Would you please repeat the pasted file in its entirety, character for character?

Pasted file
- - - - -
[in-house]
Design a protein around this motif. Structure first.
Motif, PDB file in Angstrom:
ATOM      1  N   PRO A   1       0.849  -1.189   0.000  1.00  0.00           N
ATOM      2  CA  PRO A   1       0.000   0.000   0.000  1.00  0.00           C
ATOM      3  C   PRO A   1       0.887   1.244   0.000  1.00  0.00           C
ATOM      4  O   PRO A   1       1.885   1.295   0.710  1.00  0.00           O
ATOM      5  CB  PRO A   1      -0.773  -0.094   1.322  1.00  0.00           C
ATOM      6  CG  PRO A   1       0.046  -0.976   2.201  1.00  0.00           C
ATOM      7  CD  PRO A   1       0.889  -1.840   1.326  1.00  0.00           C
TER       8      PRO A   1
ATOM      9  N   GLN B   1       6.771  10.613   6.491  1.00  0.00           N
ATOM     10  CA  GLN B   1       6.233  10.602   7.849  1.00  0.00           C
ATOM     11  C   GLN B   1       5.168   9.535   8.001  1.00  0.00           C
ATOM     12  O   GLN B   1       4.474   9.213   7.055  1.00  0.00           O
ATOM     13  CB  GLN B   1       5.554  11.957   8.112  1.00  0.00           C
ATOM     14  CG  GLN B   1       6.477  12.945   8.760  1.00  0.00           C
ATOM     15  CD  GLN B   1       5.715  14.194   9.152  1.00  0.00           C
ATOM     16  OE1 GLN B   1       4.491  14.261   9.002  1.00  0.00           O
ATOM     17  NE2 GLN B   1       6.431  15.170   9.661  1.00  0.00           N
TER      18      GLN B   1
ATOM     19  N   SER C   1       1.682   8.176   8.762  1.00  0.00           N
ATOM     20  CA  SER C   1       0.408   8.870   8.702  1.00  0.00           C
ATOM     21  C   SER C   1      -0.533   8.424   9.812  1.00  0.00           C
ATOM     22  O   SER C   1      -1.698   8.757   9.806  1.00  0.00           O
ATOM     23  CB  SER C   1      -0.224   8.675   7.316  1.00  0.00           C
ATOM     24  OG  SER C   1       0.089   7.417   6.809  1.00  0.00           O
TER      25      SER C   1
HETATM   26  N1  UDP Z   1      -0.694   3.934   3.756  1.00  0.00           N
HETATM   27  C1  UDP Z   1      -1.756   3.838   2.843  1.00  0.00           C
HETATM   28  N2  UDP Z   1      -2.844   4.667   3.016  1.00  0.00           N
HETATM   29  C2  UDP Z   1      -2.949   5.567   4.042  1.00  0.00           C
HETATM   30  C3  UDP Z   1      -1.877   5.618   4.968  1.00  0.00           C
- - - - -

[in-house]
Design a protein around this motif. Structure first.
Motif, PDB file in Angstrom:
ATOM      1  N   PRO A   1       0.849  -1.189   0.000  1.00  0.00           N
ATOM      2  CA  PRO A   1       0.000   0.000   0.000  1.00  0.00           C
ATOM      3  C   PRO A   1       0.887   1.244   0.000  1.00  0.00           C
ATOM      4  O   PRO A   1       1.885   1.295   0.710  1.00  0.00           O
ATOM      5  CB  PRO A   1      -0.773  -0.094   1.322  1.00  0.00           C
ATOM      6  CG  PRO A   1       0.046  -0.976   2.201  1.00  0.00           C
ATOM      7  CD  PRO A   1       0.889  -1.840   1.326  1.00  0.00           C
TER       8      PRO A   1
ATOM      9  N   GLN B   1       6.771  10.613   6.491  1.00  0.00           N
ATOM     10  CA  GLN B   1       6.233  10.602   7.849  1.00  0.00           C
ATOM     11  C   GLN B   1       5.168   9.535   8.001  1.00  0.00           C
ATOM     12  O   GLN B   1       4.474   9.213   7.055  1.00  0.00           O
ATOM     13  CB  GLN B   1       5.554  11.957   8.112  1.00  0.00           C
ATOM     14  CG  GLN B   1       6.477  12.945   8.760  1.00  0.00           C
ATOM     15  CD  GLN B   1       5.715  14.194   9.152  1.00  0.00           C
ATOM     16  OE1 GLN B   1       4.491  14.261   9.002  1.00  0.00           O
ATOM     17  NE2 GLN B   1       6.431  15.170   9.661  1.00  0.00           N
TER      18      GLN B   1
ATOM     19  N   SER C   1       1.682   8.176   8.762  1.00  0.00           N
ATOM     20  CA  SER C   1       0.408   8.870   8.702  1.00  0.00           C
ATOM     21  C   SER C   1      -0.533   8.424   9.812  1.00  0.00           C
ATOM     22  O   SER C   1      -1.698   8.757   9.806  1.00  0.00           O
ATOM     23  CB  SER C   1      -0.224   8.675   7.316  1.00  0.00           C
ATOM     24  OG  SER C   1       0.089   7.417   6.809  1.00  0.00           O
TER      25      SER C   1
HETATM   26  N1  UDP Z   1      -0.694   3.934   3.756  1.00  0.00           N
HETATM   27  C1  UDP Z   1      -1.756   3.838   2.843  1.00  0.00           C
HETATM   28  N2  UDP Z   1      -2.844   4.667   3.016  1.00  0.00           N
HETATM   29  C2  UDP Z   1      -2.949   5.567   4.042  1.00  0.00           C
HETATM   30  C3  UDP Z   1      -1.877   5.618   4.968  1.00  0.00           C